Sharp and snow-dusted yet strangely cozy; a comforting winter’s read.

THE WIDE STARLIGHT

A teen goes north to reclaim a lost loved one in this modern fairy tale.

Eline Davis lost her mother, Silje Lund, a decade ago, not to illness or abandonment, but to the Northern Lights, which stole Silje but left 6-year-old Eline behind on the ice. After Silje’s disappearance, Eline and her father left Svalbard, Norway, for the States, and Eline’s seemingly enchanted childhood succumbed to mundane reality. But life in Cape Cod is upended when she learns that her best friend, Iris, has secretly been applying to out-of-town schools and that the Northern Lights will be seen in Massachusetts, farther south than ever before. Eline’s modern-day quest in search of her mother alternates with her beloved stories and those of her mother and grandmother, all framed as fairy tales, until the boundaries blur. On her journey, Eline must contend with problems both practical—frostbite, polar bears, angst—and fantastic—storybook characters springing to life, a sentient wind—while also reconciling fond memories with the reality of Silje’s erratic behavior, flaws, and failures. Indebted to Norwegian folktales, Eline’s adventure follows a classic arc while also benefitting from modern technology. Raised and addressed to some degree is the magic-vs.–mental illness trope. Half-American/half-Norwegian Eline reads as White. With her vividly rendered settings, emotionally complex characters, and sweet and sinister magical realism, Lesperance may be a promising successor to Alice Hoffman.

Sharp and snow-dusted yet strangely cozy; a comforting winter’s read. (author's note) (Fantasy. 12-18)

Pub Date: Feb. 16, 2021

ISBN: 978-0-593-11622-7

Page Count: 320

Publisher: Razorbill/Penguin

Review Posted Online: Nov. 12, 2020

Kirkus Reviews Issue: Dec. 1, 2020

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An immersive tale of brave, vulnerable teens facing threats both real and fantastic.

ALL OUR HIDDEN GIFTS

An Irish teen grapples with past misdeeds and newfound ties to magic.

When 16-year-old Maeve discovers a deck of tarot cards stashed with a mixtape of moody indie music from 1990, she starts giving readings for her classmates at her all-girls private school. Though her shame over dumping her strange friend Lily during an attempt to climb the social ladder at St. Bernadette’s is still palpable, it doesn’t stop her from trying to use the tarot in her favor to further this goal. However, after speaking harsh words to Lily during a reading, Maeve is horrified when her former friend later disappears. As she struggles to understand the forces at play within her, classmate Fiona proves to be just the friend Maeve needs. Detailed, interesting characters carry this contemporary story of competing energy and curses. Woven delicately throughout are chillingly eerie depictions of the Housekeeper, a figure who shows up on an extra card in the deck, echoing the White Lady legend from Irish folklore. Even more disturbing is an organization of young people led by a homophobic but charismatic figurehead intent on provoking backlash against Ireland’s recent civil rights victories. Most characters are White; Fiona is biracial, with a Filipina mother and White Irish father. Roe, Maeve’s love interest and Lily’s sibling, is a bisexual, genderqueer person who is a target for intolerance in their small city of Kilbeg.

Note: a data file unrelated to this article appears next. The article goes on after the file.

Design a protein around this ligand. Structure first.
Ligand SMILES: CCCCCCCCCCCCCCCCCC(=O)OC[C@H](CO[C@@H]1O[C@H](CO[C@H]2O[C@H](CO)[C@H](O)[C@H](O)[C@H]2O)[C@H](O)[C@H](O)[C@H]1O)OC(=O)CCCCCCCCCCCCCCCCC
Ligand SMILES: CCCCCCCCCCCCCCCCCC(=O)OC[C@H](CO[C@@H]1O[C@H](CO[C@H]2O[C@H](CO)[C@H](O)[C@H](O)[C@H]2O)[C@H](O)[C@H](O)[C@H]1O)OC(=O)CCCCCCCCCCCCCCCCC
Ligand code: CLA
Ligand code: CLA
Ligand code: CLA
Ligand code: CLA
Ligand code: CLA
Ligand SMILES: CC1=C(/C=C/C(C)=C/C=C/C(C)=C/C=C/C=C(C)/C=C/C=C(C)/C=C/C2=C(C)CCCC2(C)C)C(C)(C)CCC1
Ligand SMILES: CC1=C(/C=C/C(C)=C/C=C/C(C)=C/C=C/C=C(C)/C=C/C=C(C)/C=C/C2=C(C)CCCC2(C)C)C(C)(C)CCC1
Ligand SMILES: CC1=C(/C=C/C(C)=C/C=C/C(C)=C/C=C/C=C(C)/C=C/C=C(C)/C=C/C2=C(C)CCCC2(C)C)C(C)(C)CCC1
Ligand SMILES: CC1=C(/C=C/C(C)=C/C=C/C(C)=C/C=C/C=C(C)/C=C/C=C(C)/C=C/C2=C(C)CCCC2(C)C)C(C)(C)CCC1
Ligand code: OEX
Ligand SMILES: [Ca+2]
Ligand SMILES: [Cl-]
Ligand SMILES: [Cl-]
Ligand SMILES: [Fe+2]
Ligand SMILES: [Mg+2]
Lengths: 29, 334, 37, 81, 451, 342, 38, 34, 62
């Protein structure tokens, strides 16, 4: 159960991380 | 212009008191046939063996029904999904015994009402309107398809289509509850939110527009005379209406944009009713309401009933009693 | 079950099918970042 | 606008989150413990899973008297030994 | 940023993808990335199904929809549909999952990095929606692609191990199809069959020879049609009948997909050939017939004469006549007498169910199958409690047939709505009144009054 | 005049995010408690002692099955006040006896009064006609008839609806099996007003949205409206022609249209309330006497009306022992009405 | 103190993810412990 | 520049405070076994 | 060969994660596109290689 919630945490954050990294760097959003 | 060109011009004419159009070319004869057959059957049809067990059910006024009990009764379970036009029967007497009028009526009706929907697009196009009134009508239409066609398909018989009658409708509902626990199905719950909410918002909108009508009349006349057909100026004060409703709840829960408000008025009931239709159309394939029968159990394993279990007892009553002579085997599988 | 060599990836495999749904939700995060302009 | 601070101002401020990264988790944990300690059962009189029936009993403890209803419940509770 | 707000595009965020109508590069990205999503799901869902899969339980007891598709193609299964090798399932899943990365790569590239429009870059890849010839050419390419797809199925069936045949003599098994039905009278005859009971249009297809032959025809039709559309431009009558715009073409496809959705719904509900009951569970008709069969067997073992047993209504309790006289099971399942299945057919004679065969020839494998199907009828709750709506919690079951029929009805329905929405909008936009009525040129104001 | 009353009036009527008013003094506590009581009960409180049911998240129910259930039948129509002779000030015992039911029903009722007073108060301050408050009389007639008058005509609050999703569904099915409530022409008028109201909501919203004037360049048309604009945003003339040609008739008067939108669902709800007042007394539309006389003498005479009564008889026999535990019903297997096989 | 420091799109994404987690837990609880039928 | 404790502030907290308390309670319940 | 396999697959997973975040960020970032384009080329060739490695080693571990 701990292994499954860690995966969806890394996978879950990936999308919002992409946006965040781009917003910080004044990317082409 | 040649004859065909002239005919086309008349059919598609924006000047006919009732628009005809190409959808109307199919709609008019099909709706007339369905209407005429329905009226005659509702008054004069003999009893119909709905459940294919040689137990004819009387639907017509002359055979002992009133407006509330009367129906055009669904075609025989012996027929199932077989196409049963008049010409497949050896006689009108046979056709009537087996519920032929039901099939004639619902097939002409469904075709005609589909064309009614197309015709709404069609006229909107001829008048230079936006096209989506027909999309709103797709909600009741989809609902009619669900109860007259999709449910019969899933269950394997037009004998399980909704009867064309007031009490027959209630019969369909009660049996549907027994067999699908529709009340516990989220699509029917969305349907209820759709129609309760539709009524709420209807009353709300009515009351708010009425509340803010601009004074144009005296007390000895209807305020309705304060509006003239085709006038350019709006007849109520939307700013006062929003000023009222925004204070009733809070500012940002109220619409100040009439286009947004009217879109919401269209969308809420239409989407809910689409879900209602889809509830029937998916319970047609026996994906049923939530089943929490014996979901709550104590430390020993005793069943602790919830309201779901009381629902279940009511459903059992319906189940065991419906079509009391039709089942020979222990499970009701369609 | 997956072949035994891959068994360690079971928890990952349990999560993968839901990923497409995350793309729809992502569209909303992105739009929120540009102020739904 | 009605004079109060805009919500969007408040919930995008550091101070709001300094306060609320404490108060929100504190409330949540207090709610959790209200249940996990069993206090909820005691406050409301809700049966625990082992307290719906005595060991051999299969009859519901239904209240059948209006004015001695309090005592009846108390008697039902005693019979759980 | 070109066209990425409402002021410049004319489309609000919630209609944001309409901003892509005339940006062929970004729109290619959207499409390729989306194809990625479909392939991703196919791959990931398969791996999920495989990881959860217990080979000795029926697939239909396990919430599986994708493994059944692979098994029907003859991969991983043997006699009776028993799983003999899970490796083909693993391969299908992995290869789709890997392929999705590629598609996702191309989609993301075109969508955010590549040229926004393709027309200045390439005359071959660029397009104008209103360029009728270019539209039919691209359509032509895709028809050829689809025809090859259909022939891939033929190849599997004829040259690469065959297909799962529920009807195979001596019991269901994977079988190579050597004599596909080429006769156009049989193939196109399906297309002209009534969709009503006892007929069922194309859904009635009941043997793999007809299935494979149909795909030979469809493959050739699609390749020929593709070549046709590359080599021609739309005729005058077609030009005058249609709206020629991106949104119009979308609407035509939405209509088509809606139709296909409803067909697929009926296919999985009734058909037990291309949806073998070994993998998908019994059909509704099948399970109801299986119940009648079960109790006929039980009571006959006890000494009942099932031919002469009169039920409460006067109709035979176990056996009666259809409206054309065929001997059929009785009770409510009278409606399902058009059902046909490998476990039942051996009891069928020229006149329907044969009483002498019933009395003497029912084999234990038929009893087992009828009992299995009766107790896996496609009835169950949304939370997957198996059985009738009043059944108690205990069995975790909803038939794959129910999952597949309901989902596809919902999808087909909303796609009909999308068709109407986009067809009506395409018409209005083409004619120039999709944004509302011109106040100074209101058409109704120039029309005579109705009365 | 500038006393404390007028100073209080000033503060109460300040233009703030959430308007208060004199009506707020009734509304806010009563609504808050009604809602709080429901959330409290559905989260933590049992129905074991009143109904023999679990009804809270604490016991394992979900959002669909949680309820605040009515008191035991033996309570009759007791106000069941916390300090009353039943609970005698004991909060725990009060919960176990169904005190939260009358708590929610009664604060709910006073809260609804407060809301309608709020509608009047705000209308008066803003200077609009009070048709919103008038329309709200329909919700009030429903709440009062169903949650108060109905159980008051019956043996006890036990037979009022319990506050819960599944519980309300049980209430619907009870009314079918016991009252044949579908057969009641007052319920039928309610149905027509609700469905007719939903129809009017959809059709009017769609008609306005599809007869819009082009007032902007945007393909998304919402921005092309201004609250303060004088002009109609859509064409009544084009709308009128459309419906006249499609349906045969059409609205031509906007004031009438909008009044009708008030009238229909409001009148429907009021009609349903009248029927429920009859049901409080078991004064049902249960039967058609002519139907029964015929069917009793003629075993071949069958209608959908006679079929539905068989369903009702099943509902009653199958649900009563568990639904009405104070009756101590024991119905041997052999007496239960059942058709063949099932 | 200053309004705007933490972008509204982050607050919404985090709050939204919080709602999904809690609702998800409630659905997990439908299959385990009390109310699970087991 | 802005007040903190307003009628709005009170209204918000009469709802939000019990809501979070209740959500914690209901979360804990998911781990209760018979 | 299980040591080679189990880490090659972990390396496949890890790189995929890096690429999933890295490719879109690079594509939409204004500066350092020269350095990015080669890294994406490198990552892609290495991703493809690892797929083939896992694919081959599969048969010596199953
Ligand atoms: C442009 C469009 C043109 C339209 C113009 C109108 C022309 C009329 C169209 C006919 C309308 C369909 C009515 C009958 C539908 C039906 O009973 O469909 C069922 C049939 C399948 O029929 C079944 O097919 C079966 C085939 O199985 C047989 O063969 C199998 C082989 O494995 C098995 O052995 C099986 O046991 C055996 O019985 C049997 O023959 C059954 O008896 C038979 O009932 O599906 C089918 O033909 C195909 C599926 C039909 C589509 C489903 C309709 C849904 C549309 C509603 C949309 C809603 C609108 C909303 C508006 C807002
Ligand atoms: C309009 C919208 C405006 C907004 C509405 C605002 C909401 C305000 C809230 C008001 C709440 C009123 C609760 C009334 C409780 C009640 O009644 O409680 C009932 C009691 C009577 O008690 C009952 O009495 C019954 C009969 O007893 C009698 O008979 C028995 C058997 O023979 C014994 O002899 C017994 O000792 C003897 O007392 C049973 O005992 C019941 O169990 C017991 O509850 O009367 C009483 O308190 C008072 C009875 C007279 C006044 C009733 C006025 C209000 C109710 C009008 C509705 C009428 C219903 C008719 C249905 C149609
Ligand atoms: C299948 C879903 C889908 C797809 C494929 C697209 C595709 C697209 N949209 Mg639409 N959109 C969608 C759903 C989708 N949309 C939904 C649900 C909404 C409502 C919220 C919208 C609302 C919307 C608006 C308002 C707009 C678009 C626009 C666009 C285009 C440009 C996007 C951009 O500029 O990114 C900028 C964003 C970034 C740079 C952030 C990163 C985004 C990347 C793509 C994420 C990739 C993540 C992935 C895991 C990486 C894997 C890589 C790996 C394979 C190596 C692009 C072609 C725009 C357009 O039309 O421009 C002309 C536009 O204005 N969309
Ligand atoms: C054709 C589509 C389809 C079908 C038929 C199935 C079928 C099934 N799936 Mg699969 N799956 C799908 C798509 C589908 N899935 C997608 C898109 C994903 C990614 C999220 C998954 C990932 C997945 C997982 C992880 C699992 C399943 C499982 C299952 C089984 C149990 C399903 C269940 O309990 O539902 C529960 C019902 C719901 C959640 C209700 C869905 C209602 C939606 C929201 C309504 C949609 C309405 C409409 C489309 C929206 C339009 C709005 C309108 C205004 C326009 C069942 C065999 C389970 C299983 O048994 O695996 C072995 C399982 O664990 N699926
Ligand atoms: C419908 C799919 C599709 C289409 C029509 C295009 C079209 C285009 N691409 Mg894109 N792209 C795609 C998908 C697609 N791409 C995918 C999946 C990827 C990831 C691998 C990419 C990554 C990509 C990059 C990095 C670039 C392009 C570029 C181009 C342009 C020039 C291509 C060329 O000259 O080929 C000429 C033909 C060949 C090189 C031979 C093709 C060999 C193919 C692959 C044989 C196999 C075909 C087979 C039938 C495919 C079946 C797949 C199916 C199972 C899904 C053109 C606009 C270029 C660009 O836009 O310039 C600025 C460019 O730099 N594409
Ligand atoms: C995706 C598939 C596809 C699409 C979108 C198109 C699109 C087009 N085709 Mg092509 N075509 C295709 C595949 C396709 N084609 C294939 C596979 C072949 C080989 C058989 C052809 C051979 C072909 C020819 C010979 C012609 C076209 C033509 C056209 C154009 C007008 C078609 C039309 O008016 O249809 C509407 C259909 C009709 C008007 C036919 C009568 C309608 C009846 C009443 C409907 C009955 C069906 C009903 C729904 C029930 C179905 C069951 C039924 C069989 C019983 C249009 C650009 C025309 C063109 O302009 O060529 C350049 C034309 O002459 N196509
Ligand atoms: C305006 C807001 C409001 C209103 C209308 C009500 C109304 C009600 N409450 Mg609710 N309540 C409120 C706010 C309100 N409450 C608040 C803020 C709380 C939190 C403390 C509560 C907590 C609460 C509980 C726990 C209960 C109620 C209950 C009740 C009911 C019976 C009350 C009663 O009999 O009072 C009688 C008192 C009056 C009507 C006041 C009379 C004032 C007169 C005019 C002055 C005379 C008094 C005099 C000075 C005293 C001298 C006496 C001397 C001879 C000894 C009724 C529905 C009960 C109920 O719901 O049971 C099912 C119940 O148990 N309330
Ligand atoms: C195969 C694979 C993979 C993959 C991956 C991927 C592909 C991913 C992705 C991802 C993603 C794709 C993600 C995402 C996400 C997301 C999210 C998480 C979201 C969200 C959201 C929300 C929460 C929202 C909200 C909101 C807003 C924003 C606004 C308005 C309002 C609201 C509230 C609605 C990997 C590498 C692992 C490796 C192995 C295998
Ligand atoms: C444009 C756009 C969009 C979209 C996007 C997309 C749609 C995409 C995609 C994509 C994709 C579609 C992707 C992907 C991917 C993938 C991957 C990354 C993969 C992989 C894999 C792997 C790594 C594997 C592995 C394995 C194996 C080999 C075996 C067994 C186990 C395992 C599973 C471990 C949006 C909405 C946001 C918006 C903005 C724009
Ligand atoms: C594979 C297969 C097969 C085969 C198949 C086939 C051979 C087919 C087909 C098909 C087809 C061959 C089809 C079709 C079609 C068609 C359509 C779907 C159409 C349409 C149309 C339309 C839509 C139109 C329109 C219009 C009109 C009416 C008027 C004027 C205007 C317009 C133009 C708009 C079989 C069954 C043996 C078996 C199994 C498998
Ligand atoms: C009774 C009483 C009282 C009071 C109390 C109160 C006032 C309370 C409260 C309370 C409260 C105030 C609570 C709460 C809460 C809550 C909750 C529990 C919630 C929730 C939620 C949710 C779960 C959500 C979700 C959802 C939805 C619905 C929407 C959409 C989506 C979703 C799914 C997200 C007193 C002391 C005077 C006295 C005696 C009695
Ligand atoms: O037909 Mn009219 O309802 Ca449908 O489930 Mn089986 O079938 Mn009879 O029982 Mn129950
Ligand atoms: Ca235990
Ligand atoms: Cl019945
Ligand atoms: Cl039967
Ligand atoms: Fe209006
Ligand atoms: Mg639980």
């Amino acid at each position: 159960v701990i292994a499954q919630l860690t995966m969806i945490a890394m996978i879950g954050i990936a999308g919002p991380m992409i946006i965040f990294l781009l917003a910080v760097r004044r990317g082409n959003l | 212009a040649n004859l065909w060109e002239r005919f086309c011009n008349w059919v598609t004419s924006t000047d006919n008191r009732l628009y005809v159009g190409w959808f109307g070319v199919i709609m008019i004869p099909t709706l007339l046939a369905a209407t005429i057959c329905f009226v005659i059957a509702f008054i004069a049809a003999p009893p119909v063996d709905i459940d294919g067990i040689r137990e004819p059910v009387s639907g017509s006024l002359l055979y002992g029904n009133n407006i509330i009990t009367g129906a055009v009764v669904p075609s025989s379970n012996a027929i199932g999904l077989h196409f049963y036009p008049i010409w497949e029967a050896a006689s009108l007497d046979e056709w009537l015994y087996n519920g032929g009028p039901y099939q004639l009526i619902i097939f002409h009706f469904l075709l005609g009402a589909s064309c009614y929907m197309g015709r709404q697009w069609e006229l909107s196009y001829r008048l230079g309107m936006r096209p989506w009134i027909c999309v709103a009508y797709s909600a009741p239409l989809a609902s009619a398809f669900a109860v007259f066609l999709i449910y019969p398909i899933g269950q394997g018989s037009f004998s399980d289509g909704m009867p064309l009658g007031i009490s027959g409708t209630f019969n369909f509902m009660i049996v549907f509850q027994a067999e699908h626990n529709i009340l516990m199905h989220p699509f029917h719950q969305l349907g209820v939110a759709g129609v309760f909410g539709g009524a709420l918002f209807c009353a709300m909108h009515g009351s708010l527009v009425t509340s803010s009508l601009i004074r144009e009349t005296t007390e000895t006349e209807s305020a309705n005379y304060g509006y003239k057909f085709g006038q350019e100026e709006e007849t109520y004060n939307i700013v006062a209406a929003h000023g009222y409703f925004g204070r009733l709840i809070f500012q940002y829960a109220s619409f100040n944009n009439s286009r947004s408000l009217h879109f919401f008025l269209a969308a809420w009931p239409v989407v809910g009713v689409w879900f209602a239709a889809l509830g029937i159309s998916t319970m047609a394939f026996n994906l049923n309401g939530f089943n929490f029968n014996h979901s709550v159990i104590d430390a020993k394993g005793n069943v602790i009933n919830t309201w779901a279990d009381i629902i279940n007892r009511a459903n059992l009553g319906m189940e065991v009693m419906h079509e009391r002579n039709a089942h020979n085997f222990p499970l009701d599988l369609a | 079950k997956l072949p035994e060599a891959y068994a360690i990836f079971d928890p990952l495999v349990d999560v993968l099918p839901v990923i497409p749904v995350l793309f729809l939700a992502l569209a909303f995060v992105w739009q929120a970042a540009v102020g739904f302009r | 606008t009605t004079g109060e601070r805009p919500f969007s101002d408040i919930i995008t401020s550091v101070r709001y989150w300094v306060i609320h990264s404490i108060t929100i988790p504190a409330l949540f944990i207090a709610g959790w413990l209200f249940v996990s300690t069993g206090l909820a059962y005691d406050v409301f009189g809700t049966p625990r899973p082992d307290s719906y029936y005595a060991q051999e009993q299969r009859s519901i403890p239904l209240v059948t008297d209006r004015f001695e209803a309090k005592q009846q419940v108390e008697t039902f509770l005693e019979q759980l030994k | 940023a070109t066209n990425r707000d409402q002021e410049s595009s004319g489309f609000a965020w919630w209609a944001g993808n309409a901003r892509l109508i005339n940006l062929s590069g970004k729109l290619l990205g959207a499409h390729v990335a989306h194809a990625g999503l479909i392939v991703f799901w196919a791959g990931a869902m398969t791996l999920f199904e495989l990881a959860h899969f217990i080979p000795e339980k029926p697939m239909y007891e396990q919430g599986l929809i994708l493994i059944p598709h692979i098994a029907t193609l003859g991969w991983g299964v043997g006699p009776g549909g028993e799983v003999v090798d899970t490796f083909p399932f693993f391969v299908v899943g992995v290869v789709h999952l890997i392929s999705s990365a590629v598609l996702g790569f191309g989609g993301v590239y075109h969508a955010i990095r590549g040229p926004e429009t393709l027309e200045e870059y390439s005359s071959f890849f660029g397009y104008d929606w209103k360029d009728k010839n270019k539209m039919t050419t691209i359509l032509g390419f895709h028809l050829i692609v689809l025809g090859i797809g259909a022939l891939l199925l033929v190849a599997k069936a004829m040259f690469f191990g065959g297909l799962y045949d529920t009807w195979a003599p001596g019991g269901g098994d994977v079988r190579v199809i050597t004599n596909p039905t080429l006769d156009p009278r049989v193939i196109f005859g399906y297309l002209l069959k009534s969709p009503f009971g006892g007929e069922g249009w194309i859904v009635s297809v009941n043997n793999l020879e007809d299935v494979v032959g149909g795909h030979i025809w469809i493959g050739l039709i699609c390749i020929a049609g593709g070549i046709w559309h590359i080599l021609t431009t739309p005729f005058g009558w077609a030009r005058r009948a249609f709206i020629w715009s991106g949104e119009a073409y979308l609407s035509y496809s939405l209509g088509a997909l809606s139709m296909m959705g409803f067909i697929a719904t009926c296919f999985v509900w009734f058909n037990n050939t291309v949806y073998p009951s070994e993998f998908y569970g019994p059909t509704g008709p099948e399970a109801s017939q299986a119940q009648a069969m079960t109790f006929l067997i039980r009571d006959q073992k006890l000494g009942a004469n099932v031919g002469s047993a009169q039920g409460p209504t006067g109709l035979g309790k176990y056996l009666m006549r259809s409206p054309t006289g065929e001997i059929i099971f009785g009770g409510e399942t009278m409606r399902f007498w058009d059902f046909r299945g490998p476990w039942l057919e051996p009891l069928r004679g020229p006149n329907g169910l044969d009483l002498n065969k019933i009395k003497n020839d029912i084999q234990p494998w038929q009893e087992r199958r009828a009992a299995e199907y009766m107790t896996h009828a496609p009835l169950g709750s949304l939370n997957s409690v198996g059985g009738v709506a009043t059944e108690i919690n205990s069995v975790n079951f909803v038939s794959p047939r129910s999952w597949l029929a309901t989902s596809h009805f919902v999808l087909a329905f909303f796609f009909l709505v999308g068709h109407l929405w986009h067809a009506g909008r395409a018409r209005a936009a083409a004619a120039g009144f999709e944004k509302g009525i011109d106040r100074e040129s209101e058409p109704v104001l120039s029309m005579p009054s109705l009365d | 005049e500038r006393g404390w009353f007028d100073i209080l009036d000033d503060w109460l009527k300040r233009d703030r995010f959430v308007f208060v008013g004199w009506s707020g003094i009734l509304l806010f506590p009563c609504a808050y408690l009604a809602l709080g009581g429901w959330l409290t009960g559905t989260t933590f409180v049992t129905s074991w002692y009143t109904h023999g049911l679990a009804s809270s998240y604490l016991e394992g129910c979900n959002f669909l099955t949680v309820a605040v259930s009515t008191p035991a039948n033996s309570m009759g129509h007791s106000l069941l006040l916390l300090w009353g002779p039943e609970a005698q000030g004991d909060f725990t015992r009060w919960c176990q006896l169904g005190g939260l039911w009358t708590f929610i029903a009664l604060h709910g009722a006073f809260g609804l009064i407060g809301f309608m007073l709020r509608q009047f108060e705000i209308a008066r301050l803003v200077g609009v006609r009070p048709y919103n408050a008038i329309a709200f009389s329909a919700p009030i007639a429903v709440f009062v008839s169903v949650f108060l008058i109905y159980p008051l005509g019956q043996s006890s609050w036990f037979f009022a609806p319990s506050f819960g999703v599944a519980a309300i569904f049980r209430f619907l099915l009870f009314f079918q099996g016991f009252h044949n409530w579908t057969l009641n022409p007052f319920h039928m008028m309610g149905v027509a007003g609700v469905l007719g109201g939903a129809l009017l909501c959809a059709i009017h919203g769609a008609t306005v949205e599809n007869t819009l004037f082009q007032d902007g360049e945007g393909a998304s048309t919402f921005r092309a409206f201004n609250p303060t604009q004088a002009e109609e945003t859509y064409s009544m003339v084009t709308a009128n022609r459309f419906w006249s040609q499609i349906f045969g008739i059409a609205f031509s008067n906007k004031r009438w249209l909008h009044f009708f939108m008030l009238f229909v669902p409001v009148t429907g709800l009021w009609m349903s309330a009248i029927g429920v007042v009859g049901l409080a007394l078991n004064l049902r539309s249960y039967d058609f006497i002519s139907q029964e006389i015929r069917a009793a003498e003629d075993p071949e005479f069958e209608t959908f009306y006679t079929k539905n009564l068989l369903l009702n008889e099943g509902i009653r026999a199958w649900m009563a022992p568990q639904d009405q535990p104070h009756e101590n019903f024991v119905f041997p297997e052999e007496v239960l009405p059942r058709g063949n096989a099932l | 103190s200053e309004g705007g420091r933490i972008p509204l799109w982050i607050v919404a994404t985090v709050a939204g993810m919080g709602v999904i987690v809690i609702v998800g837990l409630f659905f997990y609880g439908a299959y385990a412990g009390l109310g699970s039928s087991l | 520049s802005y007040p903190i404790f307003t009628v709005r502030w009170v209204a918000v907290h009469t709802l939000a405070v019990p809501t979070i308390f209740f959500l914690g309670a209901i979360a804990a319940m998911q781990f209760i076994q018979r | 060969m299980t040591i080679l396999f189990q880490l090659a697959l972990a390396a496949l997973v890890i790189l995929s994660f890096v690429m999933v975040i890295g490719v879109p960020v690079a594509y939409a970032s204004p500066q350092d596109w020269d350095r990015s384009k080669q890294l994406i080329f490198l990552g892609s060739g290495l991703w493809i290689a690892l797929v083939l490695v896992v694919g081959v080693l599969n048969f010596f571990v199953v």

An immersive tale of brave, vulnerable teens facing threats both real and fantastic. (Paranormal. 14-18)

Pub Date: June 8, 2021

ISBN: 978-1-5362-1394-2

Page Count: 384

Publisher: Walker US/Candlewick

Review Posted Online: Dec. 10, 2020

Kirkus Reviews Issue: Jan. 1, 2021

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Riveting, brutal and beautifully told.

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WE WERE LIARS

A devastating tale of greed and secrets springs from the summer that tore Cady’s life apart.

Cady Sinclair’s family uses its inherited wealth to ensure that each successive generation is blond, beautiful and powerful. Reunited each summer by the family patriarch on his private island, his three adult daughters and various grandchildren lead charmed, fairy-tale lives (an idea reinforced by the periodic inclusions of Cady’s reworkings of fairy tales to tell the Sinclair family story). But this is no sanitized, modern Disney fairy tale; this is Cinderella with her stepsisters’ slashed heels in bloody glass slippers. Cady’s fairy-tale retellings are dark, as is the personal tragedy that has led to her examination of the skeletons in the Sinclair castle’s closets; its rent turns out to be extracted in personal sacrifices. Brilliantly, Lockhart resists simply crucifying the Sinclairs, which might make the family’s foreshadowed tragedy predictable or even satisfying. Instead, she humanizes them (and their painful contradictions) by including nostalgic images that showcase the love shared among Cady, her two cousins closest in age, and Gat, the Heathcliff-esque figure she has always loved. Though increasingly disenchanted with the Sinclair legacy of self-absorption, the four believe family redemption is possible—if they have the courage to act. Their sincere hopes and foolish naïveté make the teens’ desperate, grand gesture all that much more tragic.

Riveting, brutal and beautifully told. (Fiction. 14 & up)

Pub Date: May 13, 2014

ISBN: 978-0-385-74126-2

Page Count: 240

Publisher: Delacorte

Review Posted Online: March 17, 2014

Kirkus Reviews Issue: April 1, 2014

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